"girdle book" were books that was bound in such a way that it had a flexible cover "tail" that could be tucked into one's girdle or belt for ease of carrying. This left the book hanging upside down; when the wearer wanted to read the book, they simply picked it up and opened it. When the book was being read from a table or lectern, the tail would have draped down off the edge. Girdle books started to appear in the late 13thC, gathering popularity through the 14th and 15th, before going well over the top with jewel-encrusted presentation books and falling out of favour late in the 16thC.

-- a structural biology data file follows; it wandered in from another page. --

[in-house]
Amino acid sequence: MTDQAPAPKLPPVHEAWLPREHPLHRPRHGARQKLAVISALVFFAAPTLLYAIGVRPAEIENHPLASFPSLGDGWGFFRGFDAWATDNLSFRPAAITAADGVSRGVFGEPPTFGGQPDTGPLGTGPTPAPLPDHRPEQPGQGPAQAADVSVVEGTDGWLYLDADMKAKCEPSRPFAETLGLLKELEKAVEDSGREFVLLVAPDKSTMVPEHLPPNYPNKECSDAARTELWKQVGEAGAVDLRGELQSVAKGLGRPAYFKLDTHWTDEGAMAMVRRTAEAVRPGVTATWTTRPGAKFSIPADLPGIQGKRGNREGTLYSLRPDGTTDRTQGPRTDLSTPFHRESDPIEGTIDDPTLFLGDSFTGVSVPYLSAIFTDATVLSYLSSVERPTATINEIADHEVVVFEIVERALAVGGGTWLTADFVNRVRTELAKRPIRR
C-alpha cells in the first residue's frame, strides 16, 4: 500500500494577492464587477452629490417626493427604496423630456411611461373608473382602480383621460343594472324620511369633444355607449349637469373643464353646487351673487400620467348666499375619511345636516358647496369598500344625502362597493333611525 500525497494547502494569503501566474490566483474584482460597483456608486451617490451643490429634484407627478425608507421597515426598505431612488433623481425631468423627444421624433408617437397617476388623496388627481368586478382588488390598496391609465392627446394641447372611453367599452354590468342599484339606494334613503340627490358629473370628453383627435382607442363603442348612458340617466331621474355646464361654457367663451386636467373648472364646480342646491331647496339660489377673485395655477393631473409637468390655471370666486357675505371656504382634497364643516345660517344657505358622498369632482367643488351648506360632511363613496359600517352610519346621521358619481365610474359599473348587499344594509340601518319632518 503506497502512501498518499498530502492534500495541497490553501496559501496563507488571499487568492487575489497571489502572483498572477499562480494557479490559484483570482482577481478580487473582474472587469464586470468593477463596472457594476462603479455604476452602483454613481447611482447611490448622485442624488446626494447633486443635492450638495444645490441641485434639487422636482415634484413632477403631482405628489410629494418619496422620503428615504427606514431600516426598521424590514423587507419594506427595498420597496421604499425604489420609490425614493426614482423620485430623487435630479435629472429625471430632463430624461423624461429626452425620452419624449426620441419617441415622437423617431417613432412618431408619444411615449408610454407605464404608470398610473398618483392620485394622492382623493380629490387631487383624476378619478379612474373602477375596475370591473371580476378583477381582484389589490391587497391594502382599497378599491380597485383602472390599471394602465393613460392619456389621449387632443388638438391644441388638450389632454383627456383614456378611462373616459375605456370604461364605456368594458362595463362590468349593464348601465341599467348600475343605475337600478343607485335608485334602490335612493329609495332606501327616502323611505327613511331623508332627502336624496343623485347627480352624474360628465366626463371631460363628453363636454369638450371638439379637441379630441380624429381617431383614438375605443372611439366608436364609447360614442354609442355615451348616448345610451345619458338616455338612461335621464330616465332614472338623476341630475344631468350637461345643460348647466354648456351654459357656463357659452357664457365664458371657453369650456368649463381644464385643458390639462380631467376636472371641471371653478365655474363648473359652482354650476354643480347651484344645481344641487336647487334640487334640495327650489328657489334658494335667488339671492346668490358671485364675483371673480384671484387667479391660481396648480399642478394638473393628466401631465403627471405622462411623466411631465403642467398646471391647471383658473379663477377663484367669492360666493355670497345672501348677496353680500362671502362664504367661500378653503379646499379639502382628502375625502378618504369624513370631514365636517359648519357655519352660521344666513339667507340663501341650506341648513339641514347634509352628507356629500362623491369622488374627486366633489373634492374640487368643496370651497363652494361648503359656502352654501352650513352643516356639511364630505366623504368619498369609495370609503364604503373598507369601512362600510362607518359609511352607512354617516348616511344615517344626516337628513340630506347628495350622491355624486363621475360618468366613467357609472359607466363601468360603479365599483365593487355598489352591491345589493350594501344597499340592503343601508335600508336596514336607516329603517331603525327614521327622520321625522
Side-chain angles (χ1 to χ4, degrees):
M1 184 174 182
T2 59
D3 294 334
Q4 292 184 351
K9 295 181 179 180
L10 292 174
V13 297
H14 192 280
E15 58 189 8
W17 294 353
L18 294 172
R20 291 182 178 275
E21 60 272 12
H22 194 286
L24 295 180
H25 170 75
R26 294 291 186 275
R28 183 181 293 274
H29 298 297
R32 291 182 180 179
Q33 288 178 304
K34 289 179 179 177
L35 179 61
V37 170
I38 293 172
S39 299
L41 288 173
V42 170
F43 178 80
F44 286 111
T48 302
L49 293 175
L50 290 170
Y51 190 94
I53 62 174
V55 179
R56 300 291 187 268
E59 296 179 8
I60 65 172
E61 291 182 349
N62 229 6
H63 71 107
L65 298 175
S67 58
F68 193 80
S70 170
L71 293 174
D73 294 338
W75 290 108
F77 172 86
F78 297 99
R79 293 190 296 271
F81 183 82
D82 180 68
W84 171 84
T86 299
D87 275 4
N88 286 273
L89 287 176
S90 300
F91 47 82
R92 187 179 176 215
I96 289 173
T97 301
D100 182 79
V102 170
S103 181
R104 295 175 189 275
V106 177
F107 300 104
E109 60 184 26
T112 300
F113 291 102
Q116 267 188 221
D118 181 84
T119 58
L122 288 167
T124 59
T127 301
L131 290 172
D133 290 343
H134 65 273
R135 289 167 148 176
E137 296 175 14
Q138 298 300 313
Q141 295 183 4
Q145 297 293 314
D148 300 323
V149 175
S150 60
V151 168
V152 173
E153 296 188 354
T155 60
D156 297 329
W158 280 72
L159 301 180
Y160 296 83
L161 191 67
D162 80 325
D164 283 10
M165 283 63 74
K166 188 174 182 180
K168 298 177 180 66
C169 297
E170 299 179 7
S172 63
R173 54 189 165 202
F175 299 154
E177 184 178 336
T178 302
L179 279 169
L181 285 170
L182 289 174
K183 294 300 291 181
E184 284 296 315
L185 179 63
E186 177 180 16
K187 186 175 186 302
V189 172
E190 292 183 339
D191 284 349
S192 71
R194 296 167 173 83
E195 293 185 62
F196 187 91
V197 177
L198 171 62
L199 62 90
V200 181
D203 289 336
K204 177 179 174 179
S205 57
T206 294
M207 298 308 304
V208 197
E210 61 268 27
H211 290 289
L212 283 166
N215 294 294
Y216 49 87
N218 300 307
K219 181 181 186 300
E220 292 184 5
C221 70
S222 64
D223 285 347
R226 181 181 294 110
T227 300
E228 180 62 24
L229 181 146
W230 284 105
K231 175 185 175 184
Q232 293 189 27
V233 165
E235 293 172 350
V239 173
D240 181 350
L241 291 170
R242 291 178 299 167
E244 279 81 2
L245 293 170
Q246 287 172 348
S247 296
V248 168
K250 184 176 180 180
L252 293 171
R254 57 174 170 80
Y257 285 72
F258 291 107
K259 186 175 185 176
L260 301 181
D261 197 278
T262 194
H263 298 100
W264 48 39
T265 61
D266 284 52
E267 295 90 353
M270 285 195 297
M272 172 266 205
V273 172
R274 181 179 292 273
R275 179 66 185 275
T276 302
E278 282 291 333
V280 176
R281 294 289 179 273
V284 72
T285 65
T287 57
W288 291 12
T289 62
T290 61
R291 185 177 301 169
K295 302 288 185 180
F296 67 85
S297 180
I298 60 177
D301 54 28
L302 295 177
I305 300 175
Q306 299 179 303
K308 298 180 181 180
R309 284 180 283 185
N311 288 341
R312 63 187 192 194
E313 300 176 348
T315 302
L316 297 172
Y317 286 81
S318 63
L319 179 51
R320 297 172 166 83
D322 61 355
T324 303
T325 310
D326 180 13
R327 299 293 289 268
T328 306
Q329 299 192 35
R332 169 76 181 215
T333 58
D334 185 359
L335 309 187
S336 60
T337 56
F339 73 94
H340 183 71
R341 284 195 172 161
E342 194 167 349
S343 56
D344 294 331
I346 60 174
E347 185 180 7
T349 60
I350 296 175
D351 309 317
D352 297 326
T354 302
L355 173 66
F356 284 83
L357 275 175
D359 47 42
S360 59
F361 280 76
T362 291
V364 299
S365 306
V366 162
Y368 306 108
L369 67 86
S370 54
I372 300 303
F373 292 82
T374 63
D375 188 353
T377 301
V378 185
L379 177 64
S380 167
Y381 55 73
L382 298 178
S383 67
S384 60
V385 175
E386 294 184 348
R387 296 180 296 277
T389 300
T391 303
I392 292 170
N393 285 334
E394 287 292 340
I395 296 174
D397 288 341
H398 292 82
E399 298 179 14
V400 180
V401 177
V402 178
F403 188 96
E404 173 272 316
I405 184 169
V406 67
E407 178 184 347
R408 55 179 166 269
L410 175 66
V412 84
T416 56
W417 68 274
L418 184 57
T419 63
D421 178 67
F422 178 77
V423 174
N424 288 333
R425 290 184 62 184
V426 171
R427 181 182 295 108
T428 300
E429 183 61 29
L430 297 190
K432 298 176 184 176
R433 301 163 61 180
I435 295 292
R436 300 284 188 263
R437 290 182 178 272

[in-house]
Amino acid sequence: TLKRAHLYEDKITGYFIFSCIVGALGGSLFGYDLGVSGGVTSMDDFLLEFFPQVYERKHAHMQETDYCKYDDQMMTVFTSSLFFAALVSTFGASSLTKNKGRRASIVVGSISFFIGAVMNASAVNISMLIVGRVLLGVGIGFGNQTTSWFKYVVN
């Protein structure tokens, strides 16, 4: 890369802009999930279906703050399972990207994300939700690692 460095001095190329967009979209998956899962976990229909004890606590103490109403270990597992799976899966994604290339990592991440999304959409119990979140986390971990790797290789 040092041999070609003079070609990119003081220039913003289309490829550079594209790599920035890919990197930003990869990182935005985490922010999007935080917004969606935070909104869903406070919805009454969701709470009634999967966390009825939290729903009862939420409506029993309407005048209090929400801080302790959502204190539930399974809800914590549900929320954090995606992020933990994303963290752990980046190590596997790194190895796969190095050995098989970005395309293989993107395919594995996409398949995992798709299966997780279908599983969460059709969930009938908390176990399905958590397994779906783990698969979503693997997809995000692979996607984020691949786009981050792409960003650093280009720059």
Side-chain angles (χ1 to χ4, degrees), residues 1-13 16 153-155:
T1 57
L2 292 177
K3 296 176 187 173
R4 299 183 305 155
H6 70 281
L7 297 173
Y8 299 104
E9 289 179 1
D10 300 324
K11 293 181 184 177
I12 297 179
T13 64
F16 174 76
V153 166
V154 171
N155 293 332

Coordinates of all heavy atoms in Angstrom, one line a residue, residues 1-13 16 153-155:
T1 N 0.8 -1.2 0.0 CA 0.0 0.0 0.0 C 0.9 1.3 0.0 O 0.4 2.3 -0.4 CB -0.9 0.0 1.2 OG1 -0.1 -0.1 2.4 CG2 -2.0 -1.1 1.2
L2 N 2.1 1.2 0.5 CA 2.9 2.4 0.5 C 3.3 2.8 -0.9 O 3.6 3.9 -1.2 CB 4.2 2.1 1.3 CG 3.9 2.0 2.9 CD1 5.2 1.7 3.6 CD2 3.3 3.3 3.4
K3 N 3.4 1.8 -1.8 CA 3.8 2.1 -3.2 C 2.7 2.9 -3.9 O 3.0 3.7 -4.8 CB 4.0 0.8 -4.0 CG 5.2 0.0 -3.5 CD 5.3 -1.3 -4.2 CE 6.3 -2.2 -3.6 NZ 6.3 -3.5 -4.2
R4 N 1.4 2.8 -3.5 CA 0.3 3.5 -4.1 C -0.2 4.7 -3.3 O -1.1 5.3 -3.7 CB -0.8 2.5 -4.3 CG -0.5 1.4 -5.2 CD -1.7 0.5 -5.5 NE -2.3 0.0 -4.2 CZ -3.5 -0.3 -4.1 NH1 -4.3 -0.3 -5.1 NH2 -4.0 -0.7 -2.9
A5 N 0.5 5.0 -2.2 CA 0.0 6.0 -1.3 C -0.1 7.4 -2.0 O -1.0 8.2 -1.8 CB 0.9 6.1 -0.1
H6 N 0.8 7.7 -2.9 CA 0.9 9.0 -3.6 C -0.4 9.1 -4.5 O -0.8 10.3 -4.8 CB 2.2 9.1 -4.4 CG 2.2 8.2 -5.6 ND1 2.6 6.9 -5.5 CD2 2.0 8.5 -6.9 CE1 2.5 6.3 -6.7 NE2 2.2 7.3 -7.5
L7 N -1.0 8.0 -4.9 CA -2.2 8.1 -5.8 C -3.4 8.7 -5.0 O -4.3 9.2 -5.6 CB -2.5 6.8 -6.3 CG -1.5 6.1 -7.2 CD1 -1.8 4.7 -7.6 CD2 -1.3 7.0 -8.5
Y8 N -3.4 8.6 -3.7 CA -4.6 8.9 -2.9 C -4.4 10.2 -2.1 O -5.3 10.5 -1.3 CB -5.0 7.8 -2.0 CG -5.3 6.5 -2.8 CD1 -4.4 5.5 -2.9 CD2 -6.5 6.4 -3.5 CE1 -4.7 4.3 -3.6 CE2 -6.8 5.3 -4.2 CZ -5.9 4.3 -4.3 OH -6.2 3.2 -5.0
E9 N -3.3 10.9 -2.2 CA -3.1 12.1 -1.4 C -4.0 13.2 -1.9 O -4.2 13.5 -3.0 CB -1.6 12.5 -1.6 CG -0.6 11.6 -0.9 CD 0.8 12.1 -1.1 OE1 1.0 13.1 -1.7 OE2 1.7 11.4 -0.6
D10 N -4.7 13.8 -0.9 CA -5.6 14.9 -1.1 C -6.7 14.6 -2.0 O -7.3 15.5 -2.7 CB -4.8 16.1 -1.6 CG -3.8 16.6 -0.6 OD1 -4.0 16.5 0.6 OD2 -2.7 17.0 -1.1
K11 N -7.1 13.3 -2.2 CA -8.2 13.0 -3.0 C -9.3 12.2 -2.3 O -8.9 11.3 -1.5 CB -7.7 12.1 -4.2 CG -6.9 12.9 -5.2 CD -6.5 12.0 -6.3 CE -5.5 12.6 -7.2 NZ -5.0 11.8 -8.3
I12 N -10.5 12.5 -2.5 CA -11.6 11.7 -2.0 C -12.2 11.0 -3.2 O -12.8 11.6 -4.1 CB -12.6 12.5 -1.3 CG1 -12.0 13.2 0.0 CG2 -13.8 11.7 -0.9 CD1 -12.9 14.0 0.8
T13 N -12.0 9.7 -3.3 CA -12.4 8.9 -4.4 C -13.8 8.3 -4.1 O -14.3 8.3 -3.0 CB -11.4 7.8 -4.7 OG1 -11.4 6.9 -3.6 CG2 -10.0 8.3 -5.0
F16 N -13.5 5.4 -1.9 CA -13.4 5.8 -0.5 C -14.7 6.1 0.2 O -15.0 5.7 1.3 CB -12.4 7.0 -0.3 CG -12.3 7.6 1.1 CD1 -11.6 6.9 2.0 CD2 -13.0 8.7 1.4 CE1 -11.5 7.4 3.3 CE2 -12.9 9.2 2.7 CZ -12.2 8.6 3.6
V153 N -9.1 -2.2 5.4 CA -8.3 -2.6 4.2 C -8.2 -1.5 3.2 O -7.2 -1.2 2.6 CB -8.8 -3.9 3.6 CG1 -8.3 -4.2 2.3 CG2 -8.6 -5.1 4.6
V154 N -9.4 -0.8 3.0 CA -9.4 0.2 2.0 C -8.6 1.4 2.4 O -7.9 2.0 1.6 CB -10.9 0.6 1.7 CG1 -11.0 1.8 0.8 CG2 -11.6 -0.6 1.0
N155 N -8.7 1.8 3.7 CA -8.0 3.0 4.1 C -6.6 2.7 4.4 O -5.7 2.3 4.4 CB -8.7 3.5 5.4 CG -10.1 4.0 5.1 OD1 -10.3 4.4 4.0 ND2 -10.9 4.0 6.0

The Law of Jutland. Denmark c. 1490.Rostgaard 6 8º. Parchment, 135 fols. The book: 13 x 9.6 cm. The binding is c. 30 cm long. The book has an extended covering of soft leather
There are currently 23 original girdle books in existence, but there are reported to be more than 800 images of girdle books in paintings, sculptures, and graphic arts. The timeframe for girdle books represented in art is from about 1400 to 1600, with a "slight predominance during the 15th century. Most are from the Germanic countries, but France, Spain, Italy, Scandinavia and England are included. The extant girdle books are mostly religious or devotional works on either parchment or paper. Four existing books are legal texts, but those may be special cases, as they are much larger than the rest and were apparently designed to be carried over the shoulder rather than hanging from a belt. modern girdle book